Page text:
I'm trying to print
-n using the
echo command. But if i simply type
echo -n, it only issues a newline, not show up
-n, instead it issues a newline.
The problem is that
echo interprets the
-n as an argument. On the default bash implementation, that means (from
-n do not append a newline
There are various ways of getting around that:
Make it into something that isn't an option by including another character. For example, tell
echonot to print a newline with
-n, then tell it to interpret backslash escapes with
-eand add the newline explicitly.
$ echo -ne '-n\n' -n
Alternatively, just include a space
$ echo " -n" -n
That, however, adds a space which you probably don't want.
Use a non-printing character before it. Here. I am using the backspace (
$ echo -e "\b-n" -n
This also adds an extra character you probably don't want.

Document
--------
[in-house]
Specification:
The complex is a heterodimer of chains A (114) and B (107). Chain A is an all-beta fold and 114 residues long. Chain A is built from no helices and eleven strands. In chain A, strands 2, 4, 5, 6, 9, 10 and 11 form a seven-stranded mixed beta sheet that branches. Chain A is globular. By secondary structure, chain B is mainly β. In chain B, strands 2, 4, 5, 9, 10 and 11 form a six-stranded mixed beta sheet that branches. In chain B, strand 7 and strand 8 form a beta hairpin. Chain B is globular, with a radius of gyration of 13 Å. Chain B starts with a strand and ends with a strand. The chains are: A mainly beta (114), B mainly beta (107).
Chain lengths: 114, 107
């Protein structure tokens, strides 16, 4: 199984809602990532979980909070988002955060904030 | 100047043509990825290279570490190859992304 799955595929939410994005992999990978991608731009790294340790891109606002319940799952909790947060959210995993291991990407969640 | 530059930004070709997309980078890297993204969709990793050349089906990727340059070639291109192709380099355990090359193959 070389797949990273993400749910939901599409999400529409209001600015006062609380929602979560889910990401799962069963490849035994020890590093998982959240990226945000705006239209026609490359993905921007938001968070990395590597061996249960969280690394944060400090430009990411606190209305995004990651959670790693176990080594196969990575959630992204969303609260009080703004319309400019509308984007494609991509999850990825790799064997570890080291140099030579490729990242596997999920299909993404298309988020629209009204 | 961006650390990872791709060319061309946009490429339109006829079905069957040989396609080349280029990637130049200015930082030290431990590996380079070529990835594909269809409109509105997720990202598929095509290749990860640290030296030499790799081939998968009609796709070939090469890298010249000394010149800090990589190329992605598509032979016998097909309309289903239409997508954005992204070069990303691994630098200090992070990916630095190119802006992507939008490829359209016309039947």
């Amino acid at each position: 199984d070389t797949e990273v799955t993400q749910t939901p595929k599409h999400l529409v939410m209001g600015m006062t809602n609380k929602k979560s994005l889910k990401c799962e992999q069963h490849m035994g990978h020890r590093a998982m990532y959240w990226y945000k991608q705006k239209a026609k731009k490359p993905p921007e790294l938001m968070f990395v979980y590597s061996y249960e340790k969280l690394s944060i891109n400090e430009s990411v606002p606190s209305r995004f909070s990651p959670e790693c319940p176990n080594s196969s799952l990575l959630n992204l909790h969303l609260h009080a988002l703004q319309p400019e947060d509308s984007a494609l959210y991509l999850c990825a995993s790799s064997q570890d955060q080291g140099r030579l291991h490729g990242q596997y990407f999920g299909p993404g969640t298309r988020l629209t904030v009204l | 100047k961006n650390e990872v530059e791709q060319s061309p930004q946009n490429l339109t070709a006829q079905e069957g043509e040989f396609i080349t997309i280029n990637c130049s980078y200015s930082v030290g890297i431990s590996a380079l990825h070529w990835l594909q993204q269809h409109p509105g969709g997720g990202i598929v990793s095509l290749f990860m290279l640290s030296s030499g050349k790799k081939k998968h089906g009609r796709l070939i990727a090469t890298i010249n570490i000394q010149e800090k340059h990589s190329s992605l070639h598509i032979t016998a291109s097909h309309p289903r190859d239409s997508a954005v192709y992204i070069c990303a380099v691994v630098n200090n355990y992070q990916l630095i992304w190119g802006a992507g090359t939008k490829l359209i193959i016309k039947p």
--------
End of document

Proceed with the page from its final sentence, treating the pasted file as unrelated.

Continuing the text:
$ echo n- | rev -n
revcommand simply prints its output reversed.
$ printf -- '-n\n' -n
You can use this command, but it adds an extra space.
echo -e "\r-n"
This is a kind of a hack.
-e enables backslash command symbols.
\r is a carriage return.
\ valid character will do in any place of the string.
You can see which are valid by
echo "-n" does not work because
-n is used as a parameter for
P.S. The best solution IMHO is
echo -e "-n\c"
It does not add any extra characters.
echo -e "-n\n"
prints the same but with a new line char.
To extend @A.B's answer, the only portable way to use
echo is to refrain from using any options like
-n. Consider use
printf instead where available. This reference page provides more details and explains very well when and how
printf should be used:
Nowadays, echo(1) is only portable if you omit flags and escape sequences. Use printf(1) instead, if you need more than plain text.